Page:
POSTPONING THE CRAZY DAYS CAMPAIGN TO APRIL LOWERED THE STOCKMANN GROUP'S SALES IN MARCH
STOCKMANN plc STOCK EXCHANGE RELEASE April 11, 2005, at 11.30
POSTPONING THE CRAZY DAYS CAMPAIGN TO APRIL LOWERED THE STOCKMANN GROUP'S
SALES IN MARCH
The Stockmann Group's sales in March were EUR 132.6 million, down 6 per
cent on last year's figure, due primarily to the fact that the Crazy Days
campaign was run in April instead of straddling March. Sales in
January-March amounted to EUR 400.6 million, on a par with the previous
year. As previously estimated, the Group's first-quarter result will come
in below the previous year's figure.
The Stockmann Group's sales in March were EUR 132.6 million, or 6 per cent
smaller than in March of last year, as forecast. The main reason for the
drop in sales is that the Department Store Division's Crazy Days campaign
was carried out completely in April, whereas a year earlier the opening
day of the campaign was in March. In addition, in March there were two
days of sales less than last year because Easter fell in March. Over the
entire first quarter, in Finland there were three days of sales less than
in the previous year. The Group's first-quarter sales were at the previous
year's level. The Crazy Days campaign in the department stores in Finland
was a success and the sales grew by 18 per cent on the previous year.
The best sales increase in March was reported by Seppälä, up 12 per cent.
Growth in Finland was 6 per cent, as against 61 per cent abroad. The
strong growth in sales abroad was attributable partly to the growth of the
store network in Russia and the Baltic countries as well as to the sound
increase in like-for-like sales. Seppälä's first-quarter sales were up 5
The Department Store Division's sales in March were down 2 per cent. Sales
in Finland contracted by 12 per cent and sales abroad by 46 per cent. The
strong increase in sales outside Finland was due to the growth of the
network of department stores and boutiques in Russia as well as the good
like-for-like growth in the Baltic countries. The Department Store
Division's first-quarter sales were up 7 per cent.
Hobby Hall's sales in March decreased by 6 per cent. Sales in Finland were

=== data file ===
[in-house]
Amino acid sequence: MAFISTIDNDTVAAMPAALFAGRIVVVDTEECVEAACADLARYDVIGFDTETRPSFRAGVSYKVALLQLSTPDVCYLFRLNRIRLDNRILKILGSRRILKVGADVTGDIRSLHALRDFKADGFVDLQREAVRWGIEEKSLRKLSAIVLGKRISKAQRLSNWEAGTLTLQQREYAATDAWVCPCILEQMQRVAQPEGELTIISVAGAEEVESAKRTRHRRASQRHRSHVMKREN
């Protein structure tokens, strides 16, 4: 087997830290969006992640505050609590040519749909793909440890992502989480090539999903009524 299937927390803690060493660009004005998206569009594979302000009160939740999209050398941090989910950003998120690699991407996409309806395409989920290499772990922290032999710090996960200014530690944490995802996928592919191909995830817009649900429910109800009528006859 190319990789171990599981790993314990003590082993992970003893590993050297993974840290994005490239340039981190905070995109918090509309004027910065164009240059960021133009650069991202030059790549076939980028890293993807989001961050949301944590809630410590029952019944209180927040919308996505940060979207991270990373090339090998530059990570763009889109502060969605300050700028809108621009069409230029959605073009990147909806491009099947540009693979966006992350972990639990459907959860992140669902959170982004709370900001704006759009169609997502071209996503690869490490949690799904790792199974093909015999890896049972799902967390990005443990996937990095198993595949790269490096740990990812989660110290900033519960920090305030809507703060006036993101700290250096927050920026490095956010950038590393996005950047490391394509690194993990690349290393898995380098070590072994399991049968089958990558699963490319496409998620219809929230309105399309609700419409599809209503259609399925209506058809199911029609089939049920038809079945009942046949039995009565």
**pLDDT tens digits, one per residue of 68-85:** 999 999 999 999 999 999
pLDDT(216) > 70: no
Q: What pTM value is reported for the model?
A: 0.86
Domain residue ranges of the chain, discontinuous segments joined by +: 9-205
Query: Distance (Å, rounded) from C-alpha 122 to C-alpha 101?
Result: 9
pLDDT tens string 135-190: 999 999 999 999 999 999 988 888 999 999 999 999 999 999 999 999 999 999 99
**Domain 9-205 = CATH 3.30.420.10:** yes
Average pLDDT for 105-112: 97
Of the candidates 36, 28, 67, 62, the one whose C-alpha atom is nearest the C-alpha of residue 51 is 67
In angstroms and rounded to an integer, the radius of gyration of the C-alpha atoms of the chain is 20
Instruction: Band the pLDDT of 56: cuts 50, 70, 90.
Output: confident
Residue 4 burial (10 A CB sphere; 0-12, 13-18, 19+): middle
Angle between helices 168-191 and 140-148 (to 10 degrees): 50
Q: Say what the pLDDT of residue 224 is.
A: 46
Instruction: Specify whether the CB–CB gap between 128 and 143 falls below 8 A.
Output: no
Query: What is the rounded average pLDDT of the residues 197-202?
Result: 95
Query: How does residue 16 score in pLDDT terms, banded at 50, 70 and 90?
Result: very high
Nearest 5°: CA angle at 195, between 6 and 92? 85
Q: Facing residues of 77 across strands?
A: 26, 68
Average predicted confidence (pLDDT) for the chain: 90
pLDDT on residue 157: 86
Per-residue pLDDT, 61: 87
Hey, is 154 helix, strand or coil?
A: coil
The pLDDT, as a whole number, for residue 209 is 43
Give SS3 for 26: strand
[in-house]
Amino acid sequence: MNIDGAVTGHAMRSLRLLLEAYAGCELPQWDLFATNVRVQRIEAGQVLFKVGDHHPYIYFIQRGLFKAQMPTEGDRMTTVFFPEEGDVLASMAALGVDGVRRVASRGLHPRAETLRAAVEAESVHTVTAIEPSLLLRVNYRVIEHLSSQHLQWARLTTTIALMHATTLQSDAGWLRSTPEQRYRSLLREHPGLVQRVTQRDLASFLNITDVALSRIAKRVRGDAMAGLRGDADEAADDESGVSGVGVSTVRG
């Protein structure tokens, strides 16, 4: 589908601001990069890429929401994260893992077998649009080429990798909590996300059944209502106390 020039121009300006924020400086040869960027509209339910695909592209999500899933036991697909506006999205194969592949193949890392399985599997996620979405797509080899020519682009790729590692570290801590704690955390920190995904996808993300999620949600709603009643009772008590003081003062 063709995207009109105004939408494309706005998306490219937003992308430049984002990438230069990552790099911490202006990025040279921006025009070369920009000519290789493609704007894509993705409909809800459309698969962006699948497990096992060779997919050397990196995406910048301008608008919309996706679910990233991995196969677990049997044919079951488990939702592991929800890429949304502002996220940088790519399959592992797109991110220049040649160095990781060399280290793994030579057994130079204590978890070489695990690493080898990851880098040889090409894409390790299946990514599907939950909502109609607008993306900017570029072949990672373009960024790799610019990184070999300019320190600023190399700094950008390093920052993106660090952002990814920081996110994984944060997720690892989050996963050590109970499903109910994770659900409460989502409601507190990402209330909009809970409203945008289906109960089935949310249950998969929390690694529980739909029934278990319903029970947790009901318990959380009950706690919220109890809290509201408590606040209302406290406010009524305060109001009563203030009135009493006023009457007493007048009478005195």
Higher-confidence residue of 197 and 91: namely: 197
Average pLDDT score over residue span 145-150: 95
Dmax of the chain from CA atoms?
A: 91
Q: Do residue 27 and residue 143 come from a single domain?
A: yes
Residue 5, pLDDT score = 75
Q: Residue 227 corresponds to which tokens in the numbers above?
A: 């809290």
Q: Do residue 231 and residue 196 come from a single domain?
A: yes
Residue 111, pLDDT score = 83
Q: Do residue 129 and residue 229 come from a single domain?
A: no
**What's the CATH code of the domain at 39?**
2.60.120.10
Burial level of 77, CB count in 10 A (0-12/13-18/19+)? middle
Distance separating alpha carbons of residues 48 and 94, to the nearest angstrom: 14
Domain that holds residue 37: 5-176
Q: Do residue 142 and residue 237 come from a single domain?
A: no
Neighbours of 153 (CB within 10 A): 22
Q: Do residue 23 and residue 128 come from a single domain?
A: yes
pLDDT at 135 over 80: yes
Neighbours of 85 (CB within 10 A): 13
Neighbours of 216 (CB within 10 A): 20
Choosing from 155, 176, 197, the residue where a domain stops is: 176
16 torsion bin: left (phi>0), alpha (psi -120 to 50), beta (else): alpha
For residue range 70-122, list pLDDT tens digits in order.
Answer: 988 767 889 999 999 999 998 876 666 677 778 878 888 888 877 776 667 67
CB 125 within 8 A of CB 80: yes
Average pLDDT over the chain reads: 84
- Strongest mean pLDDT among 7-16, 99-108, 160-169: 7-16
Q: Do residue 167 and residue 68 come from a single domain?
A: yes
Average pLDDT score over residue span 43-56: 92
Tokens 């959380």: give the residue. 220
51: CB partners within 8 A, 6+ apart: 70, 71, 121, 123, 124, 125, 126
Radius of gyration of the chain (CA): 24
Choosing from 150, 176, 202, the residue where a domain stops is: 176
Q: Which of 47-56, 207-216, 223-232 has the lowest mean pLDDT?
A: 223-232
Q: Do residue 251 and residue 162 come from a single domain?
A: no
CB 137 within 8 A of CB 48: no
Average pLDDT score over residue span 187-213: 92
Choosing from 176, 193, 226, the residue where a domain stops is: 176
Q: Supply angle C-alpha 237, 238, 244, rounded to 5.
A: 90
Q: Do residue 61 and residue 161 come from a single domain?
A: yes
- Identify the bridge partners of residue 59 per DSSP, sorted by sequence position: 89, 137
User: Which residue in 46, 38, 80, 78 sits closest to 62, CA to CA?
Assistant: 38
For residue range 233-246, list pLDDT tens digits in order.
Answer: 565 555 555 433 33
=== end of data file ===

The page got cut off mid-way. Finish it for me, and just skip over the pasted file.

down 9 per cent due to the fewer days of sales in March, but sales outside
Finland were up 13 per cent - despite the winding up of operations in
Lithuania - owing to the good trend in the Estonian and Latvian markets.
Hobby Hall's sales increased by 7 per cent in January-March.
Stockmann Auto's sales in March decreased by 19 per cent. The lower sales
figure was due entirely to the transfer of the Volkswagen-Audi dealership
in Herttoniemi to Kesko Corporation as from July 1, 2004. Stockmann Auto's
sales in January-March were down 18 per cent. Comparable sales, stripping
out the Herttoniemi dealership, grew by 4 per cent in March and,
similarly, by 4 per cent in January-March.
The factors weakening first-quarter earnings were the running of the Crazy
Days campaign completely in April (a departure from last year), the
transfer of the Herttoniemi Autotalo dealership to Kesko Corporation as
from July 1, 2004 and the fact that in the first quarter there were three
days of sales less in Finland in the first quarter than a year ago. For
these reasons, as previously estimated the Group's first-quarter total
earnings will be smaller than the figure a year earlier. The full-year
earnings estimate is that the Stockmann Group is aiming for higher
earnings than in 2004.
Sales figures in March and in January-March
March January-March January-
Department Store 18.8 12.9 146 53.6 35.5 151 192.7
Department Store 71.4 72.7 98 213.4 199.6 107 938.8
Hobby Hall, Finland
Hobby Hall, total
Real estate +
Operations in 108.7 124.2 87 331.2 354.2 94 1 492.8
International 23.9 17.1 140 69.4 48.8 142 242.1
Stockmann total* 132.6 141.3 94 400.6 402.9 99 1 735.0
* With the elimination of the sales by the unit transferred to Kesko on
July 1, 2004, from Stockmann Auto's comparison figure for 2004, the
division's sales in January-March were up 4 per cent and the consolidated
sales were up 6 per cent.